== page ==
On feelings.

Holly Golightly:  You know those days when you get the mean reds?
Paul Varjak:  The mean reds?  You mean like the blues?
Holly:  No.  The blues are because you’re getting fat and maybe it’s been raining too long, you’re just sad that’s all.  The mean reds are horrible. Suddenly you’re afraid and you don’t know what you’re afraid of.  Do you ever get that feeling?
-Breakfast at Tiffany’s


Deep down inside, I’ve had a case of the mean reds recently.  A few things have led to this feeling.  The passing of a grandmother.  The unexpected loss of two beloved pets.  The decision to move an aunt to hospice care.  Each of these events in quick succession.  Each in my peripheral, but directly affecting my loved ones.  Not so close that I’m shaken to my center, but close enough to cause a grey cloud of mortality to settle over me.  Close enough to bring little pangs of heartache.  And close enough to make me ask the question:  would it be better to just not feel?  To just be numb?  To live life as emotionally removed as possible?  What price would eliminate those mean reds altogether?

There have also been some really, really amazing moments recently.  Moments that are defined by the people.

Like when Kevin and I met Kelly and Nelson for burgers and we laughed so hard that my sides hurt – a common theme because a BBQ at their house two weeks later brought the same laughter and the beautifully aching ribs.

Moments that span the length of a day. Like playing adventurer with Leann and Kelsey through a market in an old rail yard station, a trip to the botanical gardens and aquarium, and a hilarious (and delicious) experience at a hole-in-the-wall with really tasty popsicles and an unusual combination of ingredients in a Doritos bag bowl.

Or when I was shopping with Lisa and she tried on a suit two sizes too large and said that she felt like one of the Three Stooges from the old cartoon.  And we couldn’t stop laughing because, well, that was the perfect description.

And then there was last Saturday…catching up with an elementary school friend over brunch and a long walk.

Celebrating my mom and Kevin’s mom’s birthdays with a cozy, relaxed backyard grill-fest – nothing fancy, just sitting around the table, listening to stories and the robin chirping, enjoying the celebration and time with our family.

A concert on a warm summer night – standing on a lawn packed with people, shoulder to shoulder with a couple of friends, singing along at the top of my lungs.

And it struck me.

The price for numbness:  sacrificing the moments of pure bliss.

Because after all – if you can’t feel the pain…well, you’re going to miss out on the joy.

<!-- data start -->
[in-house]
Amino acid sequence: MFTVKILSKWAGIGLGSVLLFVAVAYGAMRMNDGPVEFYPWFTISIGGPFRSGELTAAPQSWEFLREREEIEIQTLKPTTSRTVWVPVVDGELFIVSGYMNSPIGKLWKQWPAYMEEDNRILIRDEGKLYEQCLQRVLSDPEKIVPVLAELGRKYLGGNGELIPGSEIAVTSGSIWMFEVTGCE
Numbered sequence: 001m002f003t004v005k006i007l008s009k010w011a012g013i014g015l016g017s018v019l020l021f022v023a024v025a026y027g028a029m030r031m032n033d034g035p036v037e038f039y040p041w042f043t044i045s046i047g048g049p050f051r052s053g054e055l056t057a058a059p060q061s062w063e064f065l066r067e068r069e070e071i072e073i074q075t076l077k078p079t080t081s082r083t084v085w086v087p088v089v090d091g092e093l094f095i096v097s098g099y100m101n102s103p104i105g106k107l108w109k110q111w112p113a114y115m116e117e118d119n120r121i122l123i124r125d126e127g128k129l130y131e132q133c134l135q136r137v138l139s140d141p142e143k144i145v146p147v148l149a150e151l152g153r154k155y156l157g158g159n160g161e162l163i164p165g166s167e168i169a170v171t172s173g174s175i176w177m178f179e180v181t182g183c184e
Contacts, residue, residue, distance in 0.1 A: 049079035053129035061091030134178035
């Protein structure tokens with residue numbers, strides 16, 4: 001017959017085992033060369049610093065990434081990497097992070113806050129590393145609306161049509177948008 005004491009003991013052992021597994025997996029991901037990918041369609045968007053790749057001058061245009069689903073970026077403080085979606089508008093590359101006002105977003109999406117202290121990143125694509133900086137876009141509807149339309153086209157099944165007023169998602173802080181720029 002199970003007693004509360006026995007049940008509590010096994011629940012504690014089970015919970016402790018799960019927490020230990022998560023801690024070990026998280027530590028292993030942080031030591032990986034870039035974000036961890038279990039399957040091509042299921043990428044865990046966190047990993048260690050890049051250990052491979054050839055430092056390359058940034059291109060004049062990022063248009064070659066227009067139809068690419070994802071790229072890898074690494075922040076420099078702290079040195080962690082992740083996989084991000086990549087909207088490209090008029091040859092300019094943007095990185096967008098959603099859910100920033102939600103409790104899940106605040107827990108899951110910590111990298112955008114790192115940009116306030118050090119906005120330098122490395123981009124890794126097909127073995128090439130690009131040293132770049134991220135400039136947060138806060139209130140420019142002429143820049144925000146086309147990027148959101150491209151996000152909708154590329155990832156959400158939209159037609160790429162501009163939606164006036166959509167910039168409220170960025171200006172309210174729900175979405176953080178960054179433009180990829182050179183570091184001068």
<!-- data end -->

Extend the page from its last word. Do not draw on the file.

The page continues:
And joy trumps the pain.

So.  I’ll keep the feelings.

What helps you when you’re feeling down?  What moments of bliss have you felt recently? 


11 thoughts on “On feelings.

  1. Sorry you’ve been feeling the mean reds lately, but glad you are finding balance. I like to remember this, above the clouds the sun is always shining.

  2. As you know, my Grandpa only has a few months left to live. The only way I get out of my funk over that is to focus on what we’ve had for so many years (memories, experiences, conversation) and what will live on through others and me (personality traits, jokes, stories, etc).

    I’m sorry you’ve been dealing with so much lately. It’s fortunate that you have such a sweet, supportive group of family and friends who really know how to show you a good time. Keep your chin up!

  3. Exactly. I love that you say the price of numbness is missing out on the bliss. Enduring every human emotion is necessary, although so hard sometimes. But the joyful ones make up for the rest. Hang in there.

  4. Love, love, love this. You are so right that even though there is so much tough stuff in this life, it’s worth it to feel the hard feelings because then we can also feel the amazing, happy feelings. Lately, I have felt so much bliss and happiness coming from others through support and help as Jimmy and I are getting ready for the big day. It never ceases to amaze me by how much others have just been helping us. It’s amazing! Warm weather has also been amazing, too!!

  5. I’m so sorry about all the tough moments you’ve had lately. I’ve had a similar last few months and this quote and actually the whole book Bitter Sweet by Shauna Nieqist helped put things in perspective for me. “When life is sweet say thank you and celebrate, when life is bitter say thank you and grow.” Love you friend!

  6. I loved this and needed this reminder. I’m sorry for all the hard stuff, but I’m happy that you still have moments of pure bliss.

  7. I’m so sorry that you’ve been having a rough time lately, but I love your honesty and the inspiration that you drew from your heartache! (And I hate to ask, but you mentioned the loss of a pet…are Kiki and Flo okay?? Is Bailey Goldendoodle okay? I feel panicked!)

  8. we sure do have to take the good with the bad, don’t we? it sounds trite, i suppose, but being open to the beauty of small moments also means you’re vulnerable to the hurt of the much larger, harder moments. i take comfort in knowing that however bad things seem to get, at least i have a wonderful network of people that remind me what’s good and true and lovely. another thing that helps is a winnie-the-pooh saying (silly, fine, but i like it) : ‘How lucky I am to have something that makes saying goodbye so hard.’ it’s not always goodbye, per se, but the pain usually comes from having something you love altered or changed – but at least you have it to love in the first place, right?

  9. I am sending you LOTS of love, and wish I could give you a big ol’ hug. I love that you are getting out and about and doing things that lift your spirit despite feeling down. Optimism is key!

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